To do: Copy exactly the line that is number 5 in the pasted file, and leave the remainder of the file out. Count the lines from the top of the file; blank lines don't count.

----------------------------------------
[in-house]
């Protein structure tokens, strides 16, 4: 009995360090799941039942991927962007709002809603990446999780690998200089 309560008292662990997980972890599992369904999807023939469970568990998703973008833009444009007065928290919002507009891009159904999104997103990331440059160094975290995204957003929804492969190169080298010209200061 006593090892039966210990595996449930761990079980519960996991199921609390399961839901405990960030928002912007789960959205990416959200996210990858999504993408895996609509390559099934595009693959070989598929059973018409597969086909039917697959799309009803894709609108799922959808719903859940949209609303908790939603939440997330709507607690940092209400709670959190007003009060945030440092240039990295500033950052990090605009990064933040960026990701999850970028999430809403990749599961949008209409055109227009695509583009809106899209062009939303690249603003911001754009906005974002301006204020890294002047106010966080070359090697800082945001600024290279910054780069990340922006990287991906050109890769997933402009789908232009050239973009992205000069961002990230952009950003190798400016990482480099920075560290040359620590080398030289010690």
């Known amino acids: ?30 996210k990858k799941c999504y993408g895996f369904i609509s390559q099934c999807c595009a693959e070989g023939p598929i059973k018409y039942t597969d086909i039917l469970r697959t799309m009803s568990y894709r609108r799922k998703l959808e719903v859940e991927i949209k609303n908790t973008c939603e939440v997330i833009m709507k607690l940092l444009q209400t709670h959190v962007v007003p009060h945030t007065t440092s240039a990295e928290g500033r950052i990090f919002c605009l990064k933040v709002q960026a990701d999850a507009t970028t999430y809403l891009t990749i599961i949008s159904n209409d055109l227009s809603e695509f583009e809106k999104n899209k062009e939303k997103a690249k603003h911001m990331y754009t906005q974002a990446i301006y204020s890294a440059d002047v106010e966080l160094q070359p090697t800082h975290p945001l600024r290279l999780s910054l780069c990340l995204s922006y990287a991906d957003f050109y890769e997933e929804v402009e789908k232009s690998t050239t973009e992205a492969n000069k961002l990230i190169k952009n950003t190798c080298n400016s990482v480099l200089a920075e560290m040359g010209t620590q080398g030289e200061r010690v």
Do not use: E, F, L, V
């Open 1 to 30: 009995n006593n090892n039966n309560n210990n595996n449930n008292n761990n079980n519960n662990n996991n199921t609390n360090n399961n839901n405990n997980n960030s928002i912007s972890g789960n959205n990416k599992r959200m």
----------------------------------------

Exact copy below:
């Open 1 to 30: 009995n006593n090892n039966n309560n210990n595996n449930n008292n761990n079980n519960n662990n996991n199921t609390n360090n399961n839901n405990n997980n960030s928002i912007s972890g789960n959205n990416k599992r959200m």